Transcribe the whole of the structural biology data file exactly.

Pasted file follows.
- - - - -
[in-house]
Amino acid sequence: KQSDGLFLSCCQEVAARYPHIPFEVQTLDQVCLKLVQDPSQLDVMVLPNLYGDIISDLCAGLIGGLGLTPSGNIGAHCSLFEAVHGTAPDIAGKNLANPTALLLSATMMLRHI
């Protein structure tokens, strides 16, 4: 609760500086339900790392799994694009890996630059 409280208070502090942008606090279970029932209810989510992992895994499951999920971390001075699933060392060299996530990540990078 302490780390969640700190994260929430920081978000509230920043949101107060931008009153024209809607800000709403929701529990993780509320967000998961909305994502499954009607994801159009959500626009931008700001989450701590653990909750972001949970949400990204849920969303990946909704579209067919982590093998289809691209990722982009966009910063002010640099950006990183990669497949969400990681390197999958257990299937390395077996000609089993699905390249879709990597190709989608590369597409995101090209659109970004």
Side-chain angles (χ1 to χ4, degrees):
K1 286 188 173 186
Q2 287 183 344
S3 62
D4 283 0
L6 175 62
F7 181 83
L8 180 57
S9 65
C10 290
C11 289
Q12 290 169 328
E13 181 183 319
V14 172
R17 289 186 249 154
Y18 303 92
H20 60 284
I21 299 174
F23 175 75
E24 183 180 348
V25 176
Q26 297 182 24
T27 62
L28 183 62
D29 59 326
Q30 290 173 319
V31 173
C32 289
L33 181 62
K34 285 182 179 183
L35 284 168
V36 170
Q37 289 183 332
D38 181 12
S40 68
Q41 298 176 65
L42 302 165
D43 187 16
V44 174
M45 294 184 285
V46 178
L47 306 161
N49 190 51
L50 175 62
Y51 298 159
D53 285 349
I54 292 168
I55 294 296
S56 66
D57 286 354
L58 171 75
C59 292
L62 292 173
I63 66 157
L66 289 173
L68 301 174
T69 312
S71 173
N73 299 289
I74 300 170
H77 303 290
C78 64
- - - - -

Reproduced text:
[in-house]
Amino acid sequence: KQSDGLFLSCCQEVAARYPHIPFEVQTLDQVCLKLVQDPSQLDVMVLPNLYGDIISDLCAGLIGGLGLTPSGNIGAHCSLFEAVHGTAPDIAGKNLANPTALLLSATMMLRHI
């Protein structure tokens, strides 16, 4: 609760500086339900790392799994694009890996630059 409280208070502090942008606090279970029932209810989510992992895994499951999920971390001075699933060392060299996530990540990078 302490780390969640700190994260929430920081978000509230920043949101107060931008009153024209809607800000709403929701529990993780509320967000998961909305994502499954009607994801159009959500626009931008700001989450701590653990909750972001949970949400990204849920969303990946909704579209067919982590093998289809691209990722982009966009910063002010640099950006990183990669497949969400990681390197999958257990299937390395077996000609089993699905390249879709990597190709989608590369597409995101090209659109970004």
Side-chain angles (χ1 to χ4, degrees):
K1 286 188 173 186
Q2 287 183 344
S3 62
D4 283 0
L6 175 62
F7 181 83
L8 180 57
S9 65
C10 290
C11 289
Q12 290 169 328
E13 181 183 319
V14 172
R17 289 186 249 154
Y18 303 92
H20 60 284
I21 299 174
F23 175 75
E24 183 180 348
V25 176
Q26 297 182 24
T27 62
L28 183 62
D29 59 326
Q30 290 173 319
V31 173
C32 289
L33 181 62
K34 285 182 179 183
L35 284 168
V36 170
Q37 289 183 332
D38 181 12
S40 68
Q41 298 176 65
L42 302 165
D43 187 16
V44 174
M45 294 184 285
V46 178
L47 306 161
N49 190 51
L50 175 62
Y51 298 159
D53 285 349
I54 292 168
I55 294 296
S56 66
D57 286 354
L58 171 75
C59 292
L62 292 173
I63 66 157
L66 289 173
L68 301 174
T69 312
S71 173
N73 299 289
I74 300 170
H77 303 290
C78 64